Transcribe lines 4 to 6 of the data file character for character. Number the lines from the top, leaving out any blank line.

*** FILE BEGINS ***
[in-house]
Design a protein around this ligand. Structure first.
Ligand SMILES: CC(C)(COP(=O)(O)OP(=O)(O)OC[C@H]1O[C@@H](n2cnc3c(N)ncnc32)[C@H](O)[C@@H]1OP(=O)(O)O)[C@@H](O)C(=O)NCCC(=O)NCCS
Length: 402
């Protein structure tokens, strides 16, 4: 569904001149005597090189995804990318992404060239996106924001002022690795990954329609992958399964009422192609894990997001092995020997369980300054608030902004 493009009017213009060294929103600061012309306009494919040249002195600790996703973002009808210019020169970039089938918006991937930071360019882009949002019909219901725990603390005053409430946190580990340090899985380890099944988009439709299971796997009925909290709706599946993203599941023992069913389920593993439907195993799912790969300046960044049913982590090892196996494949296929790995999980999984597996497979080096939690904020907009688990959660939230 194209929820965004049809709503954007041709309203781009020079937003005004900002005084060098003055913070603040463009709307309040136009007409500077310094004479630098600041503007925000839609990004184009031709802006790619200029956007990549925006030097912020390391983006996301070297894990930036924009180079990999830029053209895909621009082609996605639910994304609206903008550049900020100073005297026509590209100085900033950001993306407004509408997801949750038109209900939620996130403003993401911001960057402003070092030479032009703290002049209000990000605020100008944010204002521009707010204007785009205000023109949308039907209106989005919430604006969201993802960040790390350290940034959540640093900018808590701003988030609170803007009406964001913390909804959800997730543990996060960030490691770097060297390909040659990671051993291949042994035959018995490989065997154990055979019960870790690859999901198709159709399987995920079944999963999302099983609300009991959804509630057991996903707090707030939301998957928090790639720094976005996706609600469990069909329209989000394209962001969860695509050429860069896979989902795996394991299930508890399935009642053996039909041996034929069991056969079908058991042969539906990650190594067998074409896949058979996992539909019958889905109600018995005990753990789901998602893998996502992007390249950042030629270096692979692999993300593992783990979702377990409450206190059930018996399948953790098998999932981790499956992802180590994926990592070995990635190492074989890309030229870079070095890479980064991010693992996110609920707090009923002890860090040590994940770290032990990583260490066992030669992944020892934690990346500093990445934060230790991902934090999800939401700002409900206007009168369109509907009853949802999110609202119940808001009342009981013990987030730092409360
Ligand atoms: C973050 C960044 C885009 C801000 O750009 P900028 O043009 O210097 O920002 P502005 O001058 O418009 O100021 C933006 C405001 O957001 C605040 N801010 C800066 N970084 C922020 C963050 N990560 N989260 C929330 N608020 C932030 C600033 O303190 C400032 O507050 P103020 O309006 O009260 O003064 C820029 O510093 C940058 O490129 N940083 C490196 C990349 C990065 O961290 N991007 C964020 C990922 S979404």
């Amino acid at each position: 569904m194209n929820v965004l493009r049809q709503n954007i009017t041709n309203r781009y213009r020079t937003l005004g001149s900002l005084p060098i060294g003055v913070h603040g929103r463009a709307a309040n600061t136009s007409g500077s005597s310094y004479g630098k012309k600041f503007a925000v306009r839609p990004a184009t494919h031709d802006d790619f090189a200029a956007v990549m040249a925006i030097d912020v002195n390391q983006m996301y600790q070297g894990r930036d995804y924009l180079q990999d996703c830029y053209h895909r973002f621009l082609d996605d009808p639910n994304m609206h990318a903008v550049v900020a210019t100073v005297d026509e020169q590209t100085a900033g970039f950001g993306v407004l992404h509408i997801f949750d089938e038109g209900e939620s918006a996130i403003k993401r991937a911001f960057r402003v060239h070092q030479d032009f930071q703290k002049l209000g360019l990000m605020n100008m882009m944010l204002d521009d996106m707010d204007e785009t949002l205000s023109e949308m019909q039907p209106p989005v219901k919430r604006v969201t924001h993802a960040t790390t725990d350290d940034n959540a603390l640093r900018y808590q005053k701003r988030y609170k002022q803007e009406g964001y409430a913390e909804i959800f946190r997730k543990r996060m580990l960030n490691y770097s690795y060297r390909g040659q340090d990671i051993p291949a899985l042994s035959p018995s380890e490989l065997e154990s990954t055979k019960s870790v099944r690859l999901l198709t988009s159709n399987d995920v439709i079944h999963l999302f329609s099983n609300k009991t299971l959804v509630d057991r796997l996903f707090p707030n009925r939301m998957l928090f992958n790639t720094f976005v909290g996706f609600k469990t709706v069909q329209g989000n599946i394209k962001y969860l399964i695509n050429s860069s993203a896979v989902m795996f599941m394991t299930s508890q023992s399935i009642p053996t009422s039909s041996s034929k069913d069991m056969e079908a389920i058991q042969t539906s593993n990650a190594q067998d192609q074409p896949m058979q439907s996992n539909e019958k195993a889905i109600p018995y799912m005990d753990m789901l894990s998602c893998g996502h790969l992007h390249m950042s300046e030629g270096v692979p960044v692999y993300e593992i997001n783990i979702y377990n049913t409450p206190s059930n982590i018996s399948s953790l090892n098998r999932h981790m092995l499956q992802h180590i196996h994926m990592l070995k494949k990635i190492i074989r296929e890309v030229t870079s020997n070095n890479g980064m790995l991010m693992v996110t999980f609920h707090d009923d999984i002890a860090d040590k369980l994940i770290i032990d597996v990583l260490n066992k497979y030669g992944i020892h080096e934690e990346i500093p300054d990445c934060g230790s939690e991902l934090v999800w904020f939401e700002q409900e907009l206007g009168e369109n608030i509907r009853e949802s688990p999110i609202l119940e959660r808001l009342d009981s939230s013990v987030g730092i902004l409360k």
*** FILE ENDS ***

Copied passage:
Length: 402
């Protein structure tokens, strides 16, 4: 569904001149005597090189995804990318992404060239996106924001002022690795990954329609992958399964009422192609894990997001092995020997369980300054608030902004 493009009017213009060294929103600061012309306009494919040249002195600790996703973002009808210019020169970039089938918006991937930071360019882009949002019909219901725990603390005053409430946190580990340090899985380890099944988009439709299971796997009925909290709706599946993203599941023992069913389920593993439907195993799912790969300046960044049913982590090892196996494949296929790995999980999984597996497979080096939690904020907009688990959660939230 194209929820965004049809709503954007041709309203781009020079937003005004900002005084060098003055913070603040463009709307309040136009007409500077310094004479630098600041503007925000839609990004184009031709802006790619200029956007990549925006030097912020390391983006996301070297894990930036924009180079990999830029053209895909621009082609996605639910994304609206903008550049900020100073005297026509590209100085900033950001993306407004509408997801949750038109209900939620996130403003993401911001960057402003070092030479032009703290002049209000990000605020100008944010204002521009707010204007785009205000023109949308039907209106989005919430604006969201993802960040790390350290940034959540640093900018808590701003988030609170803007009406964001913390909804959800997730543990996060960030490691770097060297390909040659990671051993291949042994035959018995490989065997154990055979019960870790690859999901198709159709399987995920079944999963999302099983609300009991959804509630057991996903707090707030939301998957928090790639720094976005996706609600469990069909329209989000394209962001969860695509050429860069896979989902795996394991299930508890399935009642053996039909041996034929069991056969079908058991042969539906990650190594067998074409896949058979996992539909019958889905109600018995005990753990789901998602893998996502992007390249950042030629270096692979692999993300593992783990979702377990409450206190059930018996399948953790098998999932981790499956992802180590994926990592070995990635190492074989890309030229870079070095890479980064991010693992996110609920707090009923002890860090040590994940770290032990990583260490066992030669992944020892934690990346500093990445934060230790991902934090999800939401700002409900206007009168369109509907009853949802999110609202119940808001009342009981013990987030730092409360
Ligand atoms: C973050 C960044 C885009 C801000 O750009 P900028 O043009 O210097 O920002 P502005 O001058 O418009 O100021 C933006 C405001 O957001 C605040 N801010 C800066 N970084 C922020 C963050 N990560 N989260 C929330 N608020 C932030 C600033 O303190 C400032 O507050 P103020 O309006 O009260 O003064 C820029 O510093 C940058 O490129 N940083 C490196 C990349 C990065 O961290 N991007 C964020 C990922 S979404």